The Hindu Kush Himalaya (HKH) region and its mighty glaciers are facing deep trouble. Even if the world achieves the most ambitious Paris Agreement goal – to limit global warming to 1.5°C above pre-Industrial levels – one-third of the glaciers could be lost by 2100. Under 2°C of warming, a probable yet undesirable scenario at the current time, half of the glaciers will melt away.
Worse still, if current trends continue and we reach 5°C warming, then we could be looking at losses of up to two-thirds of the region's glaciers.
These are the main findings of a 638-page report by the International Center for Integrated Mountain Development (ICIMOD) that’s been compiled over the past five years by over 350 scientists and policy experts from 22 countries and 185 organizations.
When you hear about climate change and melting glaciers, you will most likely think about the Arctic and Antartica. However, the HKH’s sheer quantity of ice means it’s sometimes referred to as the world’s “Third Pole”.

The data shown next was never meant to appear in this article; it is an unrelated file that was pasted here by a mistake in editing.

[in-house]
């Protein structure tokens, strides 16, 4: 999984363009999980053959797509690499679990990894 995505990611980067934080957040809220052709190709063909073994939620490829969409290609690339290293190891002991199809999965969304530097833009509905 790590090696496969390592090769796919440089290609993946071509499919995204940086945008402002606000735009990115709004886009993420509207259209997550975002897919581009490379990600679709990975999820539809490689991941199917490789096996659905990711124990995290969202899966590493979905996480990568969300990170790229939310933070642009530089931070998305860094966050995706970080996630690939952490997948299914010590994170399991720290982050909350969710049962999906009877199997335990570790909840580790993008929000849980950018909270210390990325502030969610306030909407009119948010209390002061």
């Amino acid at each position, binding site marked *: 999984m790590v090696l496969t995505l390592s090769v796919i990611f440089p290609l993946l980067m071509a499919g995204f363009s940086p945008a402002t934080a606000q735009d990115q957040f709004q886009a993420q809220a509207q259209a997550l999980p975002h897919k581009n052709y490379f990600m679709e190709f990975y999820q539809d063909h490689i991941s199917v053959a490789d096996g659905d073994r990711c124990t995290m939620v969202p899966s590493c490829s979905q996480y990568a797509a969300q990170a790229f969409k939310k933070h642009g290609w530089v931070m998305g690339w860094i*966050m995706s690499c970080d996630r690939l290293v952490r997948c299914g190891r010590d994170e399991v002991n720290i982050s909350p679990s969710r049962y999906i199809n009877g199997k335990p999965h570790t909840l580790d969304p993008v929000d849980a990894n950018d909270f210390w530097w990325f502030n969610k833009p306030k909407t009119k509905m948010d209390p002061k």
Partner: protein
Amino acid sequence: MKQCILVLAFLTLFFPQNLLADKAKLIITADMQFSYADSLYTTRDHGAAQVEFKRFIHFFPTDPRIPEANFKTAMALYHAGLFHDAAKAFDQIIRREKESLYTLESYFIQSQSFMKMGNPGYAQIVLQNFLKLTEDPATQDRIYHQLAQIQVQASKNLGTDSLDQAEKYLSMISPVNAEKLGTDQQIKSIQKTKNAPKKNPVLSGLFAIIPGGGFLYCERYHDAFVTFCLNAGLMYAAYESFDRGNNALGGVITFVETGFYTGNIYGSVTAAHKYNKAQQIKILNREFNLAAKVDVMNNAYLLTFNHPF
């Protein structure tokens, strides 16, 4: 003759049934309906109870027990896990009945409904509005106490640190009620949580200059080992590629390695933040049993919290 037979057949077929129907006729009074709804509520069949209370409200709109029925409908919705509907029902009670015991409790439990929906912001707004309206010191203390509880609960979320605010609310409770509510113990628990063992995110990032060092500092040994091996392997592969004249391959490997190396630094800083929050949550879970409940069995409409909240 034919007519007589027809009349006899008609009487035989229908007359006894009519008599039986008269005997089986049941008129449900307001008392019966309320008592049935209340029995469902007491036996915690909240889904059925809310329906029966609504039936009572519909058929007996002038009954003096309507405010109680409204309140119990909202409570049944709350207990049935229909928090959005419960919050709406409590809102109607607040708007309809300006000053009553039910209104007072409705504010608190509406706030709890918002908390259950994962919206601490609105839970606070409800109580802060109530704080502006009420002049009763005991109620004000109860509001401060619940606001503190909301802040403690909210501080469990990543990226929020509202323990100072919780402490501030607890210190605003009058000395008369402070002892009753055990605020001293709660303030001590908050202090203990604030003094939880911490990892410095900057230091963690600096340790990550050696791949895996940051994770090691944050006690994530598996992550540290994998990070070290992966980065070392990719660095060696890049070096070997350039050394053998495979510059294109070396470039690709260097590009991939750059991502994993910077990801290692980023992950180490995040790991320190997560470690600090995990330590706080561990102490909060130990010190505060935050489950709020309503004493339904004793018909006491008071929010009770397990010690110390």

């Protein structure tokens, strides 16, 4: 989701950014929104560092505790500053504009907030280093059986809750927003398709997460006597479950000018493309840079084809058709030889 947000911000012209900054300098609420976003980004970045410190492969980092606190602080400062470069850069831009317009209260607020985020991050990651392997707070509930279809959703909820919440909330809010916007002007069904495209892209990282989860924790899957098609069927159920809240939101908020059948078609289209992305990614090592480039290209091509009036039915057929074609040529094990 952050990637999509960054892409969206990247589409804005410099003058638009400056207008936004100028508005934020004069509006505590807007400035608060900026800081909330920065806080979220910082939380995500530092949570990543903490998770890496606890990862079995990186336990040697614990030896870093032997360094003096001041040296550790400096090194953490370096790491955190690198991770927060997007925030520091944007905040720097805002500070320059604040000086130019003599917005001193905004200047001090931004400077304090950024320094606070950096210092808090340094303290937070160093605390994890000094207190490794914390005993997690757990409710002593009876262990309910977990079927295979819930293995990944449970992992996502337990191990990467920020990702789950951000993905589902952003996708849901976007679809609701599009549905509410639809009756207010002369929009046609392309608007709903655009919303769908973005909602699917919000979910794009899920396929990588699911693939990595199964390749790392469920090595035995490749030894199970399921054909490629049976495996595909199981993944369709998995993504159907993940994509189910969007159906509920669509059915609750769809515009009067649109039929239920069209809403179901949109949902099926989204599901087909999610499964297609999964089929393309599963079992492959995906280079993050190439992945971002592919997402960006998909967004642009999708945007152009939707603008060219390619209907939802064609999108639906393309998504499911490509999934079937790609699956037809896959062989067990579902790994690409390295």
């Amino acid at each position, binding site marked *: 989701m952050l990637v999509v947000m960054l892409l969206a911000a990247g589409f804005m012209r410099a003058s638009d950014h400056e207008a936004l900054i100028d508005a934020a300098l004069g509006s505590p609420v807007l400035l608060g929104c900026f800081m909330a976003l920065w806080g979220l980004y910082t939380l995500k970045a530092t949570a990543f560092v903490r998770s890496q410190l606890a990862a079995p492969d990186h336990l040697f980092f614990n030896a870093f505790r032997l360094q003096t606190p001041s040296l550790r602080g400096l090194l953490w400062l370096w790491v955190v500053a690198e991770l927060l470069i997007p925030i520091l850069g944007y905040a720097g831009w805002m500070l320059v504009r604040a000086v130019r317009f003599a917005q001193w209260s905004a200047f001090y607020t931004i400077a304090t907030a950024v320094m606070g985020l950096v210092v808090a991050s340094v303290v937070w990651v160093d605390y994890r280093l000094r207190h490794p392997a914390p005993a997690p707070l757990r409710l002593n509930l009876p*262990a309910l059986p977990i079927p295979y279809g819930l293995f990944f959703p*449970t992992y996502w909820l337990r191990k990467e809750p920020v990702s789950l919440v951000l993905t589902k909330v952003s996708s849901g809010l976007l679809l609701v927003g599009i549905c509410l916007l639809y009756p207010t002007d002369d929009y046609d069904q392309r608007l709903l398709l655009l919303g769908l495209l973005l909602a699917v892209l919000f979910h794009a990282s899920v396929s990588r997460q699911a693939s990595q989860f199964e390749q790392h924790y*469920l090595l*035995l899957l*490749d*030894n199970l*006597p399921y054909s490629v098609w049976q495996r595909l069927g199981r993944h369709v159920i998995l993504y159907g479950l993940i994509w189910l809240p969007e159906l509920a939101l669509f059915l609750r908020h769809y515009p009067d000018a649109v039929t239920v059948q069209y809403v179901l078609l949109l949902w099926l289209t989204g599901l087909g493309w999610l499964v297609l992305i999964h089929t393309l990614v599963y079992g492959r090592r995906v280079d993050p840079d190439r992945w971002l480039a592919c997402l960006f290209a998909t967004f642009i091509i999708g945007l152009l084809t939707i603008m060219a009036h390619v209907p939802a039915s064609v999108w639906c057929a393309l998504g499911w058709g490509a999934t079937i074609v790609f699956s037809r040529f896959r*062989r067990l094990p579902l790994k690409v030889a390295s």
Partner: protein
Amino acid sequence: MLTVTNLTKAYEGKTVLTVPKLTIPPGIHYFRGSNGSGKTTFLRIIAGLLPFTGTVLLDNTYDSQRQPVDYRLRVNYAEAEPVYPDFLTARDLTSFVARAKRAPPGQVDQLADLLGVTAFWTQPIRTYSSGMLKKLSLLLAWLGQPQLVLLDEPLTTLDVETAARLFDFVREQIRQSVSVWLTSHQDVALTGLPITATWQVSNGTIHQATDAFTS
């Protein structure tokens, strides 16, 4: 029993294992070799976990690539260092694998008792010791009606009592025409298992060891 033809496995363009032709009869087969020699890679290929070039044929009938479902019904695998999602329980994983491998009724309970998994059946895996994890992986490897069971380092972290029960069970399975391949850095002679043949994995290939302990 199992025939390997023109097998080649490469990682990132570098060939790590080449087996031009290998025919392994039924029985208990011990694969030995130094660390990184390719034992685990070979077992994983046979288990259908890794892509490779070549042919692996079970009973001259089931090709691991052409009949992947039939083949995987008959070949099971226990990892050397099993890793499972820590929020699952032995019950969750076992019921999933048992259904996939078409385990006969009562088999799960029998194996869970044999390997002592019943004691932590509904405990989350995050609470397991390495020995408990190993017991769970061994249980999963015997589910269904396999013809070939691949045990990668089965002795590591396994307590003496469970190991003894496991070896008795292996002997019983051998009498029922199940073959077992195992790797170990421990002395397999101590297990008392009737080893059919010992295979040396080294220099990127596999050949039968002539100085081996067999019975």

“This is the climate crisis you haven’t heard of,” Philippus Wester, chief scientist of Water Resources Management at the ICIMOD, said in a statement. “Global warming is on track to transform the frigid, glacier-covered mountain peaks of the HKH cutting across eight countries to bare rocks in a little less than a century."
Home to Everest, K2, and many other record-smashing peaks, the HKH spans an area across Afghanistan, Bangladesh, Bhutan, China, India, Myanmar, Nepal, and Pakistan. It also supplies water to a fifth of the world's population and contains a wealth of unique biodiversity. Given this importance, any level of melting in the HKH could potentially spell some serious fallout.